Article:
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Caldera Blanca


Flora & Fauna


The almost non-existence of soil and water makes it very difficult for vegetation to colonise the barren malpais. The lack of rainfall also brings erosive processes, which are needed for the development of fertile soil, to a slow crawl. Lichens, on the other hand, help with soil formation and are essential to 'restart' the process of vegetative colonialisation in barren areas, due to their adaptability and survivability. I elaborated a little further in one of my Annapurna Base Camp posts:

Lichen are a product of the symbiosis of fungus, which gives the lichen its form, and either algae or cyanobacterium, which gives the lichen the ability to photosynthesise. This consolidation is quite powerful, as the new 'composite' which behaves as a single individual is now able to receive nutrients from photosynthesis, and is hardy enough to resist dangers such as exposure to ultraviolet radiation, which tends to increase with elevation.

Lichens are very sensitive to their surrounding environments, however, which can make them good indicators when trying to access how well a specific area has been conserved. This is also why hikers should always remain on the trails, as a footstep on a patch of lichen can sometimes still be observed many years later.

Firedot lichen

Firedot lichen (Caloplaca sp.); Bushy lichen (Ramalina sp.), a type of fruticose lichen

Before this point, lichens had been the dominant life-form, but as we began to circle around the sides of the caldereta, we noticed that shrubs and other vegetation were concentrated in an area that formed a large ring around the base. This is because the shape of craters channel rainfall both into the interior as well as outwards towards the base of their slopes. The accumulation of rainfall, especially in environments where rainfall is scarce, as well as the sedimentation that the water flow picks up, helps with the formulation of fertile soil. In fact, the interior of the caldereta used to be used for cereal cultivation, which is why there are several abandoned structures nearby.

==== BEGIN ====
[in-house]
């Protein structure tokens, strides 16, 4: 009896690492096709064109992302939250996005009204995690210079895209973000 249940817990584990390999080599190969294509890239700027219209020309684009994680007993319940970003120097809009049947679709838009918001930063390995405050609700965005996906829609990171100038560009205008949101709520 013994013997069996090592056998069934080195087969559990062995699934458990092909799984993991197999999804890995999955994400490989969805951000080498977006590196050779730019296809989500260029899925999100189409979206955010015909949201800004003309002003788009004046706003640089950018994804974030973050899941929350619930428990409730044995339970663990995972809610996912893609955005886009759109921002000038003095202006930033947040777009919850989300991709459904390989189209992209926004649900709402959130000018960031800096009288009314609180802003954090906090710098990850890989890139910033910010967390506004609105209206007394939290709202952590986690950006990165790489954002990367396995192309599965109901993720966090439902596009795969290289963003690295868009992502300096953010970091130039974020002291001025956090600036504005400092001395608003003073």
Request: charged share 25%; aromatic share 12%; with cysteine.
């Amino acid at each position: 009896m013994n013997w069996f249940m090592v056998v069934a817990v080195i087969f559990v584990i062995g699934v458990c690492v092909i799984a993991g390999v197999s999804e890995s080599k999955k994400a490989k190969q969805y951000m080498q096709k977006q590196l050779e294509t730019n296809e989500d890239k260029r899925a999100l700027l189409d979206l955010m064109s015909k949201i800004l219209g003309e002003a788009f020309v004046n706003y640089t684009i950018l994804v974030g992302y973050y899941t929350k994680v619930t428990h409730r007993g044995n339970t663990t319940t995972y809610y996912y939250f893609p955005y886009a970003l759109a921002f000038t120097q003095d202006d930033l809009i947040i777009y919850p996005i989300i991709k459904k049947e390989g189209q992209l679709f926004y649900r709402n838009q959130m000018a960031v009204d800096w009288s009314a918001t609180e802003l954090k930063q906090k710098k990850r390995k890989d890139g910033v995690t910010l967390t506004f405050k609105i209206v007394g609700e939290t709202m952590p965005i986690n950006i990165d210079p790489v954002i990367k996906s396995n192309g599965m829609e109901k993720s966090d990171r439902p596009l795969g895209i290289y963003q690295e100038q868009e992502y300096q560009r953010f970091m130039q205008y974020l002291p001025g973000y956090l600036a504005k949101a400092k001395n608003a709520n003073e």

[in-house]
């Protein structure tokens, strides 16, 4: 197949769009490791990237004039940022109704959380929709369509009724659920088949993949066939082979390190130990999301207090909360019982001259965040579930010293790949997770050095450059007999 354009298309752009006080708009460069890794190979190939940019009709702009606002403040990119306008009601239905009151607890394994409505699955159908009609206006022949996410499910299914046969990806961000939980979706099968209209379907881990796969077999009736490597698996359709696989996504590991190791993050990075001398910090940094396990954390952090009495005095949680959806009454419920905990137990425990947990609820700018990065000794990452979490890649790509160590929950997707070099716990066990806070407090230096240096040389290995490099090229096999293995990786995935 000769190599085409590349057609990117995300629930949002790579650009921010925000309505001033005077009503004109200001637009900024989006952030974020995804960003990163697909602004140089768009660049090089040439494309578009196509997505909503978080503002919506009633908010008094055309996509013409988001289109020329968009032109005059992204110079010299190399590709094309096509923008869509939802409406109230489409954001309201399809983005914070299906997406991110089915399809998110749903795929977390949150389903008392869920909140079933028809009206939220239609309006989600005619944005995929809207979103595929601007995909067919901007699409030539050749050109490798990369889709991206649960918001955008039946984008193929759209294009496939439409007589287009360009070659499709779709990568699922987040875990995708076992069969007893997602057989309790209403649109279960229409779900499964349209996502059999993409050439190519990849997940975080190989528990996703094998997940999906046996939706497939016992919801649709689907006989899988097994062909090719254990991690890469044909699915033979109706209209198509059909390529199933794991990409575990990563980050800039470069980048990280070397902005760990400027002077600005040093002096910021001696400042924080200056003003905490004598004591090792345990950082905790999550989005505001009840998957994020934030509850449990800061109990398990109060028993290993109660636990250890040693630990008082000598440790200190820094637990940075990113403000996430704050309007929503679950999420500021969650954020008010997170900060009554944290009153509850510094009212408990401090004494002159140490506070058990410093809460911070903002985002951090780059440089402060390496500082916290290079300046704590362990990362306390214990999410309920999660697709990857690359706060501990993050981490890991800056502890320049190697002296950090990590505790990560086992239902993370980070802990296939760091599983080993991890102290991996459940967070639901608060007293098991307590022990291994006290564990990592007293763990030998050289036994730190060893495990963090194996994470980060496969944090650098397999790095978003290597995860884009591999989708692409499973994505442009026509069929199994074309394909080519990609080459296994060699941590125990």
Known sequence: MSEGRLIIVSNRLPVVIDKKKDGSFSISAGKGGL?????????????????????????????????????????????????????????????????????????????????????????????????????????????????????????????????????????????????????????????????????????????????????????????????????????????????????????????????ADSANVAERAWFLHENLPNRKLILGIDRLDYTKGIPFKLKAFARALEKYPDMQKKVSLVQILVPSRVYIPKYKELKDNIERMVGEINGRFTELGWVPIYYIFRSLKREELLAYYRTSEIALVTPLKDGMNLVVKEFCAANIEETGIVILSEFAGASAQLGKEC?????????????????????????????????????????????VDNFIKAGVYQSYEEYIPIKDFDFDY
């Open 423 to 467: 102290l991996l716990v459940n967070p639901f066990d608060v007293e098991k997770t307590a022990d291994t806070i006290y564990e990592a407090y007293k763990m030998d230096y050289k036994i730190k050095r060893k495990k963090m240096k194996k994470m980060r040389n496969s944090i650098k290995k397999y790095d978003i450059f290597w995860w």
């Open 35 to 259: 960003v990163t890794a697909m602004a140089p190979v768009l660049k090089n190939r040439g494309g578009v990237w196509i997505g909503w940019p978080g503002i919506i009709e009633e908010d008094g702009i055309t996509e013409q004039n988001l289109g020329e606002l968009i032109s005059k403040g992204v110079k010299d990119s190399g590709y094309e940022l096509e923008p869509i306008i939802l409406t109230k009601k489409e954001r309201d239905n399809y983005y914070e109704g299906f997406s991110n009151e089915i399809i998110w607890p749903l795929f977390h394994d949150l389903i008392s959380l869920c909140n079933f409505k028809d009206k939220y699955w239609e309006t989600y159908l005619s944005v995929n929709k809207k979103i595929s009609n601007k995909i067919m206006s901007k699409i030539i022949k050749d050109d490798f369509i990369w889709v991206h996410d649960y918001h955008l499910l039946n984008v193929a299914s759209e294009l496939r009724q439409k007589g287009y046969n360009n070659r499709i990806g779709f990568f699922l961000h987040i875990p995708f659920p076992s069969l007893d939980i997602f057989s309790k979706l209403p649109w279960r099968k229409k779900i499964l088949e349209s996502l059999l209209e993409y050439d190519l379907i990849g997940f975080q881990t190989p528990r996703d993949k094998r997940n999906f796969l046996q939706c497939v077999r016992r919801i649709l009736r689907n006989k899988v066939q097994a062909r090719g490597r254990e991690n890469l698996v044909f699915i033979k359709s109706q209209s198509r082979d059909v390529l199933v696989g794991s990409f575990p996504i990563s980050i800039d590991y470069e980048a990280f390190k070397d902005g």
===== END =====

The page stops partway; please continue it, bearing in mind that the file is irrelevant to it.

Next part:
African Baconfig

African baconfig (Aizoon canariense)

The shrubs that we came across varied both in size and in colour. There were red plants, such as Mediterranean saltwort (Salsola vermiculata) bushes and slender iceplant (Mesembryanthemum nodiflorum) succulents, to yellow flowering plants such as gorse (Launaea arborescens), which is from the dandelion family, and tree tobacco (Nicotiana glauca), which is a species of wild tobacco. Tree tobacco is not only smoked (by Native American communities like the Cahuilla for instance), but is also known to have been used for medicinal purposes as a poultice for superficial wounds like cuts and bruises. The plant is toxic and ingestion can sometimes be fatal. Another flowering plant that was spotted that has medicinal properties was the Heliotropium ramosissimum. In parts of Africa, the sap from their furry leaves is said to be good for burns and as a topical ointment to treat headaches.

The largest plants that we saw were the strange root-like branches of the milky spurge (Euphorbia regis-jubae). This flowering plant is endemic to the Eastern Canary Islands, Morocco, and Western Sahara, where the plant's toxic latex is used as an analgesic. In the Canary Islands, the latex used to be poured into pools of fish (a process that is called 'embarbascar' in Spanish), in order to stupefy them so that they would be easier to catch. We were also fortunate to see the plant's fruiting heads ('Infructescence'), which were reddish trilobed capsules that emerged from greenish-yellow floral bracts.

Milky Spurge (Euphorbia regis-jubae) with corticolous lichens growing on its stems - Hover the cursor over the image to take a closer look!; Montaña de Teneza can be seen in the background on the top left of the image

Milky Spurge

The trilobed fruit capsules of milky Spurge (Euphorbia regis-jubae) with a snail (Theba geminata)

Next: Caldera Blanca (Part 3) - The Caldera